We used to dream of having a library in our home, but the fact of the matter is that there is barely enough room for us let alone our books. When we decided on our small house, we also decided to part ways with the majority of our favorite books. With a good library in town, it seemed like the fair & wise thing to do. At the time, I prided myself on just a handful of essential knitting titles. Over the last few years, however, that micro-library has swelled to what sometimes feels like a disproportionate quantity of texts that I simply can’t live without. That’s why these days I try very hard to never buy a knitting book unless there is something specific in it that I can’t get anywhere else.
When Lara Neel’s Sock Architecture became available last August, I read tons of positive reviews. I was oh so tempted to purchase this book right away, but between the limited book space issue and the self-inflicted attempts to curb some of my fiber arts spending, I held off making the purchase. I started following Neel’s Instagram account through which she often shares photos of her own sock experiments as well as reposts of socks knit by others using her book. What finally convinced me to place my order is that it became very apparent that Neel was doing extraordinary things with sock construction. As a curious knitter and someone hosting a year-long sock knitalong, it seemed necessary that I take the time to tour this book.
What arrived at my doorstep was probably the most comprehensive approach to sock knitting that I have come across. The first 50 pages are solely dedicated to understanding measurements, fabric, gauge, fit, as well as both basic toe-up and top-down construction which include cast-on, heel, toe, and bind-off options for each that are not only explained well, but laced with excellent caliber references. It’s a lot to digest in one sitting so you may want to break it up a bit, but it is extremely thorough and complete. If you had questions about to properly fit socks as well as how they knit-up, you won’t after reading and working through this section.
Now I am the first to admit that I am not a ‘numbers knitter’ — I am someone who wants to get a pattern, figure my gauge & size, and just knit. I will make mods here and there when necessary, but for the most part I would much prefer to not have to make any modifications or changes to a pattern. I was a bit concerned that Sock Architecture would be too numbers driven for me, but what I found was an excellent balance of in-depth discussion and dissection of sock construction right along side patterns that are simple to follow. Each design includes not only a straight-up pattern, but also instructions for customization. I think it’s easy to see that this has to potential to appeal to a really wide range of knitters, both those new to sock knitting as well as sock knitting veterans looking to expand their skill sets with guided customization.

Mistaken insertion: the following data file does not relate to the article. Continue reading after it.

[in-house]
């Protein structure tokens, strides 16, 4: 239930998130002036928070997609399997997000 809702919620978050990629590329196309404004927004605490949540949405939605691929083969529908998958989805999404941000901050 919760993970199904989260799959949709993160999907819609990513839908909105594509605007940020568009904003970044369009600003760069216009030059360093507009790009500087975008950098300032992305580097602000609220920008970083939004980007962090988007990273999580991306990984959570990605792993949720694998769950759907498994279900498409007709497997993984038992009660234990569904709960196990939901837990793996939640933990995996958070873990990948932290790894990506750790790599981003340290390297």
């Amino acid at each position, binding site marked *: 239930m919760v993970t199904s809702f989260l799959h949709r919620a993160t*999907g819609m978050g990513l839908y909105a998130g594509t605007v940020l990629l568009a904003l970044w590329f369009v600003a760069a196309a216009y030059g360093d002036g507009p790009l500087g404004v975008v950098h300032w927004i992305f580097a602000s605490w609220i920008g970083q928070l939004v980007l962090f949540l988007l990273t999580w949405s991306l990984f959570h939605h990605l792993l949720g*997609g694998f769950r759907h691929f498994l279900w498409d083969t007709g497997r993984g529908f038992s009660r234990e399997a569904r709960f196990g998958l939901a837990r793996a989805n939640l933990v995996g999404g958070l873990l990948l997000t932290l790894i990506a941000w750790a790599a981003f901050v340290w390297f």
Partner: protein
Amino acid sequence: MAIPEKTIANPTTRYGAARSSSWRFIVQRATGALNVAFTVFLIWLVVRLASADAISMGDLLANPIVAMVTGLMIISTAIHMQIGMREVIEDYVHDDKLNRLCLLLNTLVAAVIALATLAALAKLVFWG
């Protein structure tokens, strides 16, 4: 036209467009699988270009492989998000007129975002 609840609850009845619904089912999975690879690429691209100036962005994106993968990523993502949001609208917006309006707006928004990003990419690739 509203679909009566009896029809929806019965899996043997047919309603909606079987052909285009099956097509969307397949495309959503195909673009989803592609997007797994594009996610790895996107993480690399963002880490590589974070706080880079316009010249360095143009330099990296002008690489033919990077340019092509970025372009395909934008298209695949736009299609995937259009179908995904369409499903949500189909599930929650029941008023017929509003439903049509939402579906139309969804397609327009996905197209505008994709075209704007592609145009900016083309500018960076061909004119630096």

As for the patterns themselves there are 10unique sock designs, but 17 actual patterns as 7 of them include versions for both toe-up and top-down construction. This, I think, is an excellent teaching tool for really getting at the heart of sock construction. It should also be noted that each of these patterns comes with calculations for 5 different sizes as well as the formulas (and information on taking accurate measurements in the introduction) necessary for customizing each individual pattern. This feature is not only an excellent teaching tool — it would be absolutely fabulous to teach a class or club with this book to explore all the different techniques, but it also makes this book very practical for knitting socks for all shapes & sizes of feet.
Perhaps the most exciting part of this book, however, is the far-reaching survey in sock construction it contains. Take my Bootstrap Socks, for instance…
This is a heel that I never would have tried on my own. Who has ever heard of a Balbriggan heel anyways? Sourced from references in the late 1800s, I had serious doubts that it would be comfortable. The barely existent gusset, the shallow heel, and the seaming on the bottom (what the what?!) made these kind of an experiment and a test of the book itself in my mind. How practical were these techniques after all? I’m here to say, these are among the best fitting & most comfortable socks in my sock drawer. And you know what? After these socks, I trust Lara Neel and her designs & research. She can indeed design a pretty interesting to knit, comfortable to wear, and overall rad sock. That’s just a fact.
From covering the basics in great detail to innovating with construction in new and exciting ways based in historical technique, Sock Architecture is one knitting book that any knitter — even those with limited library space like me — would seriously benefit from adding to his/her collection. Make room on the shelf, my friends, because this one is a keeper!